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Babies and Energy

Posted by Macie Melendez on April 15, 2014
Babies and Energy Our first steps into our home together.

I’ve just returned to the office from maternity leave and have been giving energy a lot of thought recently—human energy that is. More specifically, how is it possible that I still have the energy to take care of my newborn baby boy when I’m getting less sleep than I’ve ever gotten in my entire life? Also, how does this tiny human—who only requires the basics (food, sleep, love)—take so much energy from his two loving parents? The only conclusion I can come to is not rational: Love conquers exhaustion.

Also, the future promise of my child eventually sleeping through the night (people say this happens…and they better not be lying), and eventually giving me a smile that shows he recognizes my face in contrast to all others, gets me through these early days. The days I hear parents long for once their children are all grown up. (I’m not sure how that’s possible but as a first-time mom, I’m going to believe it.)

My son has also reminded me that home is a special place. In his mere six weeks on Earth, he has already made our tiny city apartment feel more cozy and warm than it’s ever felt in the six years we’ve lived there. While we don’t have the most energy-efficient home (think old and drafty), we do appreciate efficiency and try to live accordingly. Like the readers and authors of Home Energy, we care about how our home operates and, as renters, we know there are better systems available to make our home more comfortable. Not surprisingly, these comforts are what often drive homeowners to remodel, retrofit, and upgrade their homes.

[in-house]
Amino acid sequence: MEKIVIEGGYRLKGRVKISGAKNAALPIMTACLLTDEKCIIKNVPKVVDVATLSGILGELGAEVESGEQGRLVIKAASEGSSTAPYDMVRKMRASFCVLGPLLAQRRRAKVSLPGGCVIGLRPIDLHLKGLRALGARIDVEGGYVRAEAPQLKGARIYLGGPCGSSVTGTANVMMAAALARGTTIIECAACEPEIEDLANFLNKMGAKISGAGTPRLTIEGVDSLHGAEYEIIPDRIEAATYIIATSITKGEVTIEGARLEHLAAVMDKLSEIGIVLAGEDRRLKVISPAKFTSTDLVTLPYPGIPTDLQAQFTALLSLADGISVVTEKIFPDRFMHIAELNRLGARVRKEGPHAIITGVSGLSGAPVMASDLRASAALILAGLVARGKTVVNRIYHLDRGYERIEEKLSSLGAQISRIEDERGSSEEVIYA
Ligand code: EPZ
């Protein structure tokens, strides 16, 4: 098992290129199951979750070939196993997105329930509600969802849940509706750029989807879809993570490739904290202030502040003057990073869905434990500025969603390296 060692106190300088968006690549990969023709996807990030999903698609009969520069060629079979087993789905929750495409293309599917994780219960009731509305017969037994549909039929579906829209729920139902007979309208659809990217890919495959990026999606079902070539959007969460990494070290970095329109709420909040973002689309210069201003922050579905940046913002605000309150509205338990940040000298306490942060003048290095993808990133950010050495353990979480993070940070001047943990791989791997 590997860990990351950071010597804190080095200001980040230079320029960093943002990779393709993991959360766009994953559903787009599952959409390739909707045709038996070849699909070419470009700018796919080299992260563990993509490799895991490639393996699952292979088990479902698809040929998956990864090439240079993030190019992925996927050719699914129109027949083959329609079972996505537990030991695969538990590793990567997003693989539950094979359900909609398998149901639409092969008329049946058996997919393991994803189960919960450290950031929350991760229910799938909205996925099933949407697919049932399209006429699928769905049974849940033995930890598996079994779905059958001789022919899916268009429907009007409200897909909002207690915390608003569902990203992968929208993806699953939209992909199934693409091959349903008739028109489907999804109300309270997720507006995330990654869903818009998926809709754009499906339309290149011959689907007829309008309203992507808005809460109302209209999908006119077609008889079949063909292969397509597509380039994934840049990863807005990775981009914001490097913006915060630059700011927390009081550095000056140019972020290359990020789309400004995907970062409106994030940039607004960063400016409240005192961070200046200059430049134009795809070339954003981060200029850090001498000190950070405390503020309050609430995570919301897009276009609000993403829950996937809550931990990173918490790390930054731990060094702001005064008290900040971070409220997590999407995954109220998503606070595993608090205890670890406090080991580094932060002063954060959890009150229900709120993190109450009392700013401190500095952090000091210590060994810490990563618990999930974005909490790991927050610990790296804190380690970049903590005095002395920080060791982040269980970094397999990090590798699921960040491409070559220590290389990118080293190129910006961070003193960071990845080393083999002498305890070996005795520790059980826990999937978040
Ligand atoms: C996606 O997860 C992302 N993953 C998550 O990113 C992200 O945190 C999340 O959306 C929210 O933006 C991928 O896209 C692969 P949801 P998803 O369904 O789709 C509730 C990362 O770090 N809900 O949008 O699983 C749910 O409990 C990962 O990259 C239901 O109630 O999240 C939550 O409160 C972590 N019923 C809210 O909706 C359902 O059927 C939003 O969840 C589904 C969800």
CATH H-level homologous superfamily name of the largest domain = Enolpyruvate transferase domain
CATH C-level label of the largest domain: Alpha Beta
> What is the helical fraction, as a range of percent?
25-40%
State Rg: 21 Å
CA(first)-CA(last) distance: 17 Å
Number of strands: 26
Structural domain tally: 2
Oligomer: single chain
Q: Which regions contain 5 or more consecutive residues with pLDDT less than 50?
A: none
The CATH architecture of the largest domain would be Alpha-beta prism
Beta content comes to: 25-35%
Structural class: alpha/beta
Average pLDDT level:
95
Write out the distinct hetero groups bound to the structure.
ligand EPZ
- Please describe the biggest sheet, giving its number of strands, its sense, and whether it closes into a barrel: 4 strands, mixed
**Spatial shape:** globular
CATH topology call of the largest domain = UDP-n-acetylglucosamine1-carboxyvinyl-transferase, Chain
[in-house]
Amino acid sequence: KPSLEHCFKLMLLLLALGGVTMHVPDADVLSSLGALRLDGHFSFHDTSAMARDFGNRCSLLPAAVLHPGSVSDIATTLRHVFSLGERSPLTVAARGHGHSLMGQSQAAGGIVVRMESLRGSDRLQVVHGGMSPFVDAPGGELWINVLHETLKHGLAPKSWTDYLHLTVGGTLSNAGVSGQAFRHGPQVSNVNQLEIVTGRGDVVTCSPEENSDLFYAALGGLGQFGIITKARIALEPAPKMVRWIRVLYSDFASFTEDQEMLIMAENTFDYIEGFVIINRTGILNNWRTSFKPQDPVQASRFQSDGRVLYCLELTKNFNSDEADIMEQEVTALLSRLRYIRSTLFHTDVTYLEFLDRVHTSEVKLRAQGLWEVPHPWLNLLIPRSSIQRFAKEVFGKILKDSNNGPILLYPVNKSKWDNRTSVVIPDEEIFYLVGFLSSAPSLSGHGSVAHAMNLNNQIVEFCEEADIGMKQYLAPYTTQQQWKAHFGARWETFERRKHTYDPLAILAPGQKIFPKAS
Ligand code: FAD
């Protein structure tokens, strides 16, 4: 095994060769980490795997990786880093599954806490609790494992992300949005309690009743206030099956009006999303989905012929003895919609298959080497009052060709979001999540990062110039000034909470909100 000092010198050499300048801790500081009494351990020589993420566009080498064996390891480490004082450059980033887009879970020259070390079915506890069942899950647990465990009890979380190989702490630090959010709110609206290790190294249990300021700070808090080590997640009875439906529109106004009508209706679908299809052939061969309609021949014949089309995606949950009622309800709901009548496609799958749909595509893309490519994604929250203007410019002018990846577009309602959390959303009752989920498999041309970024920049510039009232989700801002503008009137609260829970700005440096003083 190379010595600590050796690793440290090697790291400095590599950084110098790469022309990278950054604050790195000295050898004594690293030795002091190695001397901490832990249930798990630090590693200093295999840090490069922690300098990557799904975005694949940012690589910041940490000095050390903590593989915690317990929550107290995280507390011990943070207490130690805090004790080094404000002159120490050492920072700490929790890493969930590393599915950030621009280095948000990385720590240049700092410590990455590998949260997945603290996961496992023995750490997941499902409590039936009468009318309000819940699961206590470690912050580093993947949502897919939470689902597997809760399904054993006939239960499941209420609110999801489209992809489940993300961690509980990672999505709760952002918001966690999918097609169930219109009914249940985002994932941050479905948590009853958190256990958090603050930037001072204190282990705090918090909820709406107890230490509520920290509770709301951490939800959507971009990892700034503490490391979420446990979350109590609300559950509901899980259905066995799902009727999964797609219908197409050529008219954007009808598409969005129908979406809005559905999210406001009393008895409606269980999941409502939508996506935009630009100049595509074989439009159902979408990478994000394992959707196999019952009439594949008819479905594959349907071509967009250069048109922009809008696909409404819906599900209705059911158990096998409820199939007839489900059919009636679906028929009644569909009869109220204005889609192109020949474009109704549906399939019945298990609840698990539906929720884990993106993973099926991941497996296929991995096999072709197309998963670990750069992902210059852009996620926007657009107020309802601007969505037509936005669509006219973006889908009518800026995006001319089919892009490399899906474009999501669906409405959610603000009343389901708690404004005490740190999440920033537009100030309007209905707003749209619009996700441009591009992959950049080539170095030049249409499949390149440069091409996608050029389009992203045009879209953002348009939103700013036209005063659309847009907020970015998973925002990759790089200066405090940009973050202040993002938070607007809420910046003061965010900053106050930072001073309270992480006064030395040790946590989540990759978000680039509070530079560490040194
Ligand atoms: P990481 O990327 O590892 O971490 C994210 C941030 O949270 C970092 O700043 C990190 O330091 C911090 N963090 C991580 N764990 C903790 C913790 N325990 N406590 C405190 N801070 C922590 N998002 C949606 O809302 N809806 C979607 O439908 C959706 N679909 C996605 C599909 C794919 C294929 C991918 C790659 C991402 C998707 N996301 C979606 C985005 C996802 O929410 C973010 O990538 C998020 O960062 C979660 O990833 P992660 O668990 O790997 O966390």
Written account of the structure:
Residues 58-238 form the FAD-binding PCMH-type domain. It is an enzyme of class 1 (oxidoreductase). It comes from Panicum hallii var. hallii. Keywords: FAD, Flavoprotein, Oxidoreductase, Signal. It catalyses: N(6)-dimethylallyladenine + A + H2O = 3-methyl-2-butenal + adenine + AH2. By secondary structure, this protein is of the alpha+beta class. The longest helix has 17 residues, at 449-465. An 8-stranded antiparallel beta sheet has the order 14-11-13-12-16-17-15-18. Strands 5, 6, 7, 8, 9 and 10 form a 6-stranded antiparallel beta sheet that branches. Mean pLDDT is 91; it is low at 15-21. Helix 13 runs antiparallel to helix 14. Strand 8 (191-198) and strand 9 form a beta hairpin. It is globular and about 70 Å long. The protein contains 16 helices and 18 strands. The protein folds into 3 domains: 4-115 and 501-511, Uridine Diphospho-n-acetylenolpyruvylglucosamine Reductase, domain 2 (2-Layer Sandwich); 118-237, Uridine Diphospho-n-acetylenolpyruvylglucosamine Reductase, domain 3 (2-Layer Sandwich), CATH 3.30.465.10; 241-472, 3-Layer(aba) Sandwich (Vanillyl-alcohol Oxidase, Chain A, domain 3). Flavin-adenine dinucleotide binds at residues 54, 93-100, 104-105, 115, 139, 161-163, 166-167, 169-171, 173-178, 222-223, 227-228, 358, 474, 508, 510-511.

Home is where you wake up in the morning and where you go at the end of the day. Who wouldn’t want that place to be comfortable? While the home performance industry is driven by science, data, and measurement, it’s also reliant upon understanding comfort. Home performance doesn’t always translate well to the consumer—the homeowner who doesn’t understand how his or her home works and/or doesn’t care—but when you really think about it, we all want the same thing: a home that’s warm when it’s cold outside and cold when it’s warm outside. A home that has a room big enough to hold the ones we love, and a home that has doors when we want to be alone.

There’s no doubt that our industry can provide that, and having a child has made me appreciate what we do in a different way. I’ve always known that the work Home Energy magazine does is important, but helping people live healthier and more comfortably isn’t just practical, it’s what makes a house a home.

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